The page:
With Allen’s support and engineering lead Joe Sutter’s expertise, the 747 lifted off on a maiden flight on 9 February 1969.
Boeing never looked back.
In the five decades since, the company delivered 1,548 of the widebodies. Those include 205 747-100s, 45 747SPs, 389 747-200s, 81 747-300s, 694 747-400s and 130 747-8s. Boeing also delivered four military 747-E4 variants.
For much of the past 50 years the 747 indeed reigned as Queen of the Skies, having more capacity than competing widebodies and enduring as production of other jumbos ceased.
More recently, however, the 747 has lost its leading role. For several decades, airlines have been grounding 747s, replacing them with new, more efficient twin-engined widebodies like 767s, 777s, 787s, Airbus A330s and A350s. The A380 has taken the 747’s crown as the largest passenger production aircraft.
Boeing’s latest iteration, the 747-8, has been a relatively slow seller. Airlines have placed firm orders for a combined 154 of the type, made up of 47 passenger variants and 107 freighters.
Still, 747s play a notable role in the world airline fleet.
As of January, the worldwide in-service fleet stood at 512 aircraft, including 124 747-8s and 350 747-400s, according to Flight Fleets Analyzer. It shows that 169 747s are still serving as passenger aircraft, with the bulk of the in-service fleet – 297 aircraft – flying as freighters.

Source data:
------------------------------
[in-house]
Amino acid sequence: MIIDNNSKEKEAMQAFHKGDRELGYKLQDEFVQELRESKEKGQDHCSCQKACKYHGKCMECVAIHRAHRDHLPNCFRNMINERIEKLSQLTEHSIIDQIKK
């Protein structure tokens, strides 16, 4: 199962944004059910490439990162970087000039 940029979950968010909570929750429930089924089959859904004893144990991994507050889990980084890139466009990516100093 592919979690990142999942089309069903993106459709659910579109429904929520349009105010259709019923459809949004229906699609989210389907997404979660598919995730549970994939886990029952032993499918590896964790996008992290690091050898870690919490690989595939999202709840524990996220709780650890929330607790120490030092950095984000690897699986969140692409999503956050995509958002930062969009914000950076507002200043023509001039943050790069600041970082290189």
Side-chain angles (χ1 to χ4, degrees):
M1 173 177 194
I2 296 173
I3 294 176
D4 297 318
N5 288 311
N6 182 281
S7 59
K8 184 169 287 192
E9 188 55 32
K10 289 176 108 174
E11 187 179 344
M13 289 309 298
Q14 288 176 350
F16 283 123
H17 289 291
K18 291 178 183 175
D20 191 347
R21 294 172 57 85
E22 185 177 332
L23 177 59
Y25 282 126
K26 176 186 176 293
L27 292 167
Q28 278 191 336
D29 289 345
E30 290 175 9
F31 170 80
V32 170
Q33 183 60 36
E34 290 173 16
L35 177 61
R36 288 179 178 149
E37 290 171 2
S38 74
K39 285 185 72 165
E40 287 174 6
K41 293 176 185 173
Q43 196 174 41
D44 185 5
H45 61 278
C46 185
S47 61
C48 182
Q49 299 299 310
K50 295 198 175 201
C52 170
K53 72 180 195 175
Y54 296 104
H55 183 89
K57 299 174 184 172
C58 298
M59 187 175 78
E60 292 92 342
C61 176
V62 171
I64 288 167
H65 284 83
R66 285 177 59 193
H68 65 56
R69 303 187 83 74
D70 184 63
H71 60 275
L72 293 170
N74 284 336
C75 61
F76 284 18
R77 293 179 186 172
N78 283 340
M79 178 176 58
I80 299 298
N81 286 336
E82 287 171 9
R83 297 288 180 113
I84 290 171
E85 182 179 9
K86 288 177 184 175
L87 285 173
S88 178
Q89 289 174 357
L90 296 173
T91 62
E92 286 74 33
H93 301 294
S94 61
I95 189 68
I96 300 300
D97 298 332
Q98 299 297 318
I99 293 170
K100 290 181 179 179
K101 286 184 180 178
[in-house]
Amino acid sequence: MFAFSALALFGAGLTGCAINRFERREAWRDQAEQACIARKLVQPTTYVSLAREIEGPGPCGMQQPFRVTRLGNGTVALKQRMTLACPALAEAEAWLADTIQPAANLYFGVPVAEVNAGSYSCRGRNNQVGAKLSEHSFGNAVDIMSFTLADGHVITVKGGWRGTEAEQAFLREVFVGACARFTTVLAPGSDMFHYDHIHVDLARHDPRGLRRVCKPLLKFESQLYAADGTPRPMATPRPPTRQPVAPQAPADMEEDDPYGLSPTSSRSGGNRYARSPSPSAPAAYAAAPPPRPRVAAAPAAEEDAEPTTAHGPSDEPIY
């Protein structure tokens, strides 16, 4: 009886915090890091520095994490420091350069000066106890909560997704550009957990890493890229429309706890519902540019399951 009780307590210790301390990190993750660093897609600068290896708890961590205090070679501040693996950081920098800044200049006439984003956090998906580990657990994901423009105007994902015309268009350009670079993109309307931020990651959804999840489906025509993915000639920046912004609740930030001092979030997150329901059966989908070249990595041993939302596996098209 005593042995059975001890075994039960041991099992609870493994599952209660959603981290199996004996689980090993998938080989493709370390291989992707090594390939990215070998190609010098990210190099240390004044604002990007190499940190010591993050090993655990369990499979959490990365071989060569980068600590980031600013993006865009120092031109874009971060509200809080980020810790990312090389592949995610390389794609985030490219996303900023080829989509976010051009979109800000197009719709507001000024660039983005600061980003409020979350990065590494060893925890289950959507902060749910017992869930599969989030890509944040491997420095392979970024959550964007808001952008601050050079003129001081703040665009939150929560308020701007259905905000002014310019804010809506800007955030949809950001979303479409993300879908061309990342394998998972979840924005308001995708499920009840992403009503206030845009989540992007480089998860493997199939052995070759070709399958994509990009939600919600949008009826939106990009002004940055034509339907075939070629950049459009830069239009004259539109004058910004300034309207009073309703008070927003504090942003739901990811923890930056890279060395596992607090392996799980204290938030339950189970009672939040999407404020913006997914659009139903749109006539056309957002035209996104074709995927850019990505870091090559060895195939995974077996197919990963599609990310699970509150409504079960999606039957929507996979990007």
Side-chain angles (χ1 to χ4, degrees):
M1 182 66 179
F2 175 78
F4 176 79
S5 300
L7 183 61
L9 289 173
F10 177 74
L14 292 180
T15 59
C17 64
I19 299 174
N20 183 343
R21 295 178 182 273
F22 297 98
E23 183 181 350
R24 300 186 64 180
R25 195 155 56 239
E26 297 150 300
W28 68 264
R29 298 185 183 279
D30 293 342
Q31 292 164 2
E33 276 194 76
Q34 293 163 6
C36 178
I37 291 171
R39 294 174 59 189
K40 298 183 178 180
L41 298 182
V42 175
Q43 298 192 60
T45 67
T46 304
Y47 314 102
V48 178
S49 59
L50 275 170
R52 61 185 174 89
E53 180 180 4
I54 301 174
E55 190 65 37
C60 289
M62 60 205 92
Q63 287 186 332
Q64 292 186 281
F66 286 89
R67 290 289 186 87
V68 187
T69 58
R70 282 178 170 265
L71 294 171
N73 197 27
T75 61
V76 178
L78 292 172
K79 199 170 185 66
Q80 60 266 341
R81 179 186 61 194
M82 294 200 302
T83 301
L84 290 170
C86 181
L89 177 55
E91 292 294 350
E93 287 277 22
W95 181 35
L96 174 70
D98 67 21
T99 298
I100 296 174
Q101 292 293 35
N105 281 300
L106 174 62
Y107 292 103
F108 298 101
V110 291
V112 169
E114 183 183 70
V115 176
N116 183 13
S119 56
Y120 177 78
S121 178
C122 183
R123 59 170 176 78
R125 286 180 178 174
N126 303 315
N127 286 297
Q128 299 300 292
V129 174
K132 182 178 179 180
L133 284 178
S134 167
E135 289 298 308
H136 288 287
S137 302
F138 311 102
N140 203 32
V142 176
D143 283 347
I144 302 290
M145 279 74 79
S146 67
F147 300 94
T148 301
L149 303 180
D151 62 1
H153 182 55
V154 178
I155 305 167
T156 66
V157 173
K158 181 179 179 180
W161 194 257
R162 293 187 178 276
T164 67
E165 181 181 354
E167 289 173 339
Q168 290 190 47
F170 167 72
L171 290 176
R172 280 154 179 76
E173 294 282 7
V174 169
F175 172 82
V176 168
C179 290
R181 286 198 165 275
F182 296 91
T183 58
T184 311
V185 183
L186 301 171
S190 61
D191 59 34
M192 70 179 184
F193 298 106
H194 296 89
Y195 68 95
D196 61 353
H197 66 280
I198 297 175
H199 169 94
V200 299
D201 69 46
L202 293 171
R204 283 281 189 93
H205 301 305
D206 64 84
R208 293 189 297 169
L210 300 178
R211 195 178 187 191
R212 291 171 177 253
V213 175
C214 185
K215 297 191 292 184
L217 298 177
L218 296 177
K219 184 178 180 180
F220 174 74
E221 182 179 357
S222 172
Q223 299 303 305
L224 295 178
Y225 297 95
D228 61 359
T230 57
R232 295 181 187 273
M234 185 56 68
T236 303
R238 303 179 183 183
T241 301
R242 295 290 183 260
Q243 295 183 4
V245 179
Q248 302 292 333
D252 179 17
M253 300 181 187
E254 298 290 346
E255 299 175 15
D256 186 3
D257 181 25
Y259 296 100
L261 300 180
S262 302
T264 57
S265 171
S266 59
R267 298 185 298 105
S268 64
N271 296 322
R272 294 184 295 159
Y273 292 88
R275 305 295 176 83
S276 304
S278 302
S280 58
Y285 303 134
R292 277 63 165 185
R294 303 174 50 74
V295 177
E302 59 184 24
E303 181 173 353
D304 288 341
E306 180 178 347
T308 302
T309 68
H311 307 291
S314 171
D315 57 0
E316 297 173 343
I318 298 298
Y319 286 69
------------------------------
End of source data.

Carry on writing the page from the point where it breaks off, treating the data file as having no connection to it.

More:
Air China, British Airways, Korean Air, Lufthansa, Qantas, Rossiya and Virgin Atlantic operate the largest passenger 747 fleets, although about 20 airlines worldwide still operate passenger-configured 747s.
But more retirements are on the horizon. Qantas expects to ground its nine 747-400s by 2020, and BA plans to park its 34 747-400s by 2024.
“Demand for the passenger version is pretty much over,” says Dimitroff.
As a result, Ascend estimates that passenger-configured 747-400s in “half-life” maintenance condition are worth $6.5-9.7 million on the used aircraft market. The type’s engines hold much of that value, as engine parts remain in high demand, Ascend says.
Half-life condition means the aircraft and its systems are halfway between overhauls, inspections or life limits.
As could be expected, values are significantly higher for 747-8 passenger aircraft, which are powered by GE Aviation GEnx-2B engines. Ascend values those aircraft at $63 million, for examples manufactured early this decade, and up to $105 million for those that rolled off Boeing’s assembly line in 2017.